Kino had previously released the 2001 restoration of Metropolis as the Restored Authorized Edition, which was thought to have been the definitive version until the Argentine additions were uncovered.  Running 124 minutes, the version presented is very similar to the Complete version except for the missing footage.  The deleted scenes are summarized in brief intertitles, although the pacing of discovery is lost.  The full screen picture looks very clean, with solid contrasts and adequate details.  In direct comparison to the BD, there seems to have been a little more touch up done in the new version, and the BD’s delivery also sharpens everything, but the 2001 effort improved the film significantly over its earlier iterations and is nearly on par with its successor.  Another recording of Huppertz’s score is utilized.  It is in 5.1 Dolby Digital and has a presentable impact, though not quite the clarity and scope of the new recording on the BD’s DTS track. 

The DVD’s special features are very worthwhile, and it is a shame Kino didn’t carry a few of them over to the new release.  There is a terrific collection of captioned behind-the-scenes photos, still photos that describe the (since restored) missing scenes, some terrific architectural and costume drawings, poster designs, and extensive cast and crew profiles.  There is a 9-minute featurette about the cleanup the film underwent for its 2001 upgrade, with numerous examples of how it was improved, and a very good 44-minute documentary that goes over the whole history of German filmmaking and Lang’s early career, explains how the movie’s various effects were accomplished, and covers many other details about the film and its fate.  Film historian Enno Patalas also supplies a commentary track, often describing what is on the screen and then explaining the sources or the meanings of its designs.

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It shows how out of it I was in trying to be in it, acknowledging that I was out of it to myself, and then thinking, “Okay, how do I stop being out of it? Well, I get some legitimate illogical narrative ideas” — some novel, you know?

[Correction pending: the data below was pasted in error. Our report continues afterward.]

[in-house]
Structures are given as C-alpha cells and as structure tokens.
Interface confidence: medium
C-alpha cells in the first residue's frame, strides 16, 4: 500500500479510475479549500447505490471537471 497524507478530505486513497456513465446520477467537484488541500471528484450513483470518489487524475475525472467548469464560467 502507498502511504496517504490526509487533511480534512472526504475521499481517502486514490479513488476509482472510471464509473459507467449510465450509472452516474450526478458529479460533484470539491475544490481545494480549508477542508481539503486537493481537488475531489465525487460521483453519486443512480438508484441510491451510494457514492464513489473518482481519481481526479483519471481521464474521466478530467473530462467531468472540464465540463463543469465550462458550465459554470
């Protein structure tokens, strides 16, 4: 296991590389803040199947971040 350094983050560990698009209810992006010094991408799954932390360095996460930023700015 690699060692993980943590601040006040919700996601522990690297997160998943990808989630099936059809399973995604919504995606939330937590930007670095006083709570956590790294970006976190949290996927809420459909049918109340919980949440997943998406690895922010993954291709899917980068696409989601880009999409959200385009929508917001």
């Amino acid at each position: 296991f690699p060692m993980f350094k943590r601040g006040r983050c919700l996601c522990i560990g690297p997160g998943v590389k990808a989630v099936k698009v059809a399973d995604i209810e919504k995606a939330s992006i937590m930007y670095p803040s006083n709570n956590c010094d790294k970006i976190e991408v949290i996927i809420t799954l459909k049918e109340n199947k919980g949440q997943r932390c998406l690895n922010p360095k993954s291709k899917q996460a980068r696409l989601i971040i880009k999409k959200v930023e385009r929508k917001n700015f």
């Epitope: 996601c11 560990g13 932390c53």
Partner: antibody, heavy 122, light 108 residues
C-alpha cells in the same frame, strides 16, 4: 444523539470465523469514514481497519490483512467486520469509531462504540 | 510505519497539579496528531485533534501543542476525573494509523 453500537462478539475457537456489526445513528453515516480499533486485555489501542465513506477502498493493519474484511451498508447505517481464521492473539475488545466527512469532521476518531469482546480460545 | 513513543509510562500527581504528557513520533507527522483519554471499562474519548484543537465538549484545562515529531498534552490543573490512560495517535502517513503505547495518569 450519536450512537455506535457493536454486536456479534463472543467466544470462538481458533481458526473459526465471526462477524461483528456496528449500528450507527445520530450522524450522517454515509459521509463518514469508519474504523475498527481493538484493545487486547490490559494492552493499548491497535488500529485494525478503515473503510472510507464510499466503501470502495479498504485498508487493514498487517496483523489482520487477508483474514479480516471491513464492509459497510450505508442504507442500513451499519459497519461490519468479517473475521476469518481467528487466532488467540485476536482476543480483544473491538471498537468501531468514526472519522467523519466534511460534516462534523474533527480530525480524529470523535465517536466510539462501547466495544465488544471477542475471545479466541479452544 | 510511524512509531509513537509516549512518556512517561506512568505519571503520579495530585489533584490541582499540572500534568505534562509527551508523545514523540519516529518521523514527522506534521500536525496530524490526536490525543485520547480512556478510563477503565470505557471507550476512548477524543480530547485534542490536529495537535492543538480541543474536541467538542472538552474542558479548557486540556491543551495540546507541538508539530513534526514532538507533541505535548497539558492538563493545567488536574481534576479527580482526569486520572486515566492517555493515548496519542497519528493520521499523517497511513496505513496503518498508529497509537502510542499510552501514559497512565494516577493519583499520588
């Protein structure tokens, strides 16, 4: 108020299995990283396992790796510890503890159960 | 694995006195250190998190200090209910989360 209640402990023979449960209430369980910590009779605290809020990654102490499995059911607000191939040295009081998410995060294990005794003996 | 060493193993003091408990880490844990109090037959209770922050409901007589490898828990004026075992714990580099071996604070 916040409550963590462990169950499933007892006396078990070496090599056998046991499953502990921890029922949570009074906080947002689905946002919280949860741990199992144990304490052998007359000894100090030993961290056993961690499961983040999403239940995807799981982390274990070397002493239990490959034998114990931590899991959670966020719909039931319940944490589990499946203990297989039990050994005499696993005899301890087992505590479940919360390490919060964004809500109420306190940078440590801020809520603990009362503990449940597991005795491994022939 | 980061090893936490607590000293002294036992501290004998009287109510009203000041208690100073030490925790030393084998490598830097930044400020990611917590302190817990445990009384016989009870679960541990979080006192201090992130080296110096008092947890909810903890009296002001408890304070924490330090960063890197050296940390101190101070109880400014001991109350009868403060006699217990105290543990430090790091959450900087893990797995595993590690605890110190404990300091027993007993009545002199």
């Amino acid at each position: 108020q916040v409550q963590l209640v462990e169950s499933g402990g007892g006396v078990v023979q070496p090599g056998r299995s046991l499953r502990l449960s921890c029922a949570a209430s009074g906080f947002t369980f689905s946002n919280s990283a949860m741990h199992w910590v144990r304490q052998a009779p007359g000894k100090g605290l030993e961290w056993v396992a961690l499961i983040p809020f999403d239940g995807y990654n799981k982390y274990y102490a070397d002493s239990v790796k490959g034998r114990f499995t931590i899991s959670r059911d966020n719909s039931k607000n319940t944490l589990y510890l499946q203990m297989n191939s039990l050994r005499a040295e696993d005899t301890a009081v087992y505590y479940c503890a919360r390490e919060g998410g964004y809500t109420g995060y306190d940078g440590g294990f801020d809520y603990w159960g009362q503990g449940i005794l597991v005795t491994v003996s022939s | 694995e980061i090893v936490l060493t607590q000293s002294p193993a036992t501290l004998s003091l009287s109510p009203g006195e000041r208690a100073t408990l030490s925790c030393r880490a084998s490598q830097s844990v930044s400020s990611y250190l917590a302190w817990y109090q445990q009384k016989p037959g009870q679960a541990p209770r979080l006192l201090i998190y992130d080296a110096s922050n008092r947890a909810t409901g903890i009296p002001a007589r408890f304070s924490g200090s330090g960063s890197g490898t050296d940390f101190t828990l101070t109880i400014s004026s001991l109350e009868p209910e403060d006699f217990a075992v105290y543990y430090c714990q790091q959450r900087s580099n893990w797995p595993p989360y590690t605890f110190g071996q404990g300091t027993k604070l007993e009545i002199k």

So I decided on three writers that I might be able to option their material and get some producer, or myself as producer, and then get some writer to do a screenplay on it, and maybe make a movie.

And so the three projects were “Do Androids Dream of Electric Sheep,” “Naked Lunch” and a collection of Bukowski. Which, in 1975, forget it — I mean, that was nuts. Hollywood would not touch any of that, but I was looking for something commercial, and I thought that all of these things were coming.

There would be no Blade Runner if there was no Ray Bradbury. I couldn’t find Philip K. Dick. His agent didn’t even know where he was. And so I gave up.

I was walking down the street and I ran into Bradbury — he directed a play that I was going to do as an actor, so we know each other, but he yelled “hi” — and I’d forgot who he was.

So at my girlfriend Barbara Hershey’s urging — I was with her at that moment — she said, “Talk to him! That guy really wants to talk to you,” and I said “No, fuck him,” and keep walking.

But then I did, and then I realized who it was, and I thought, “Wait, he’s in that realm, maybe he knows Philip K. Dick.” I said, “You know a guy named—” “Yeah, sure — you want his phone number?”

My friend paid my rent for a year while I wrote, because it turned out we couldn’t get a writer. My friends kept on me about, well, if you can’t get a writer, then you write.”
~ Hampton Fancher

“That was the most disappointing thing to me in how this thing was played. Is that I’m on the phone with you now, after all that’s been said, and the fundamental distinction between what James is dealing with in these other cases is not actually brought to the fore. The fundamental difference is that James Franco didn’t seek to use his position to have sex with anyone. There’s not a case of that. He wasn’t using his position or status to try to solicit a sexual favor from anyone. If he had — if that were what the accusation involved — the show would not have gone on. We would have folded up shop and we would have not completed the show. Because then it would have been the same as Harvey Weinstein, or Les Moonves, or any of these cases that are fundamental to this new paradigm. Did you not notice that? Why did you not notice that? Is that not something notable to say, journalistically? Because nobody could find the voice to say it. I’m not just being rhetorical. Why is it that you and the other critics, none of you could find the voice to say, “You know, it’s not this, it’s that”? Because — let me go on and speak further to this. If you go back to the L.A. Times piece, that’s what it lacked. That’s what they were not able to deliver. The one example in the five that involved an issue of a sexual act was between James and a woman he was dating, who he was not working with. There was no professional dynamic in any capacity.

~ David Simon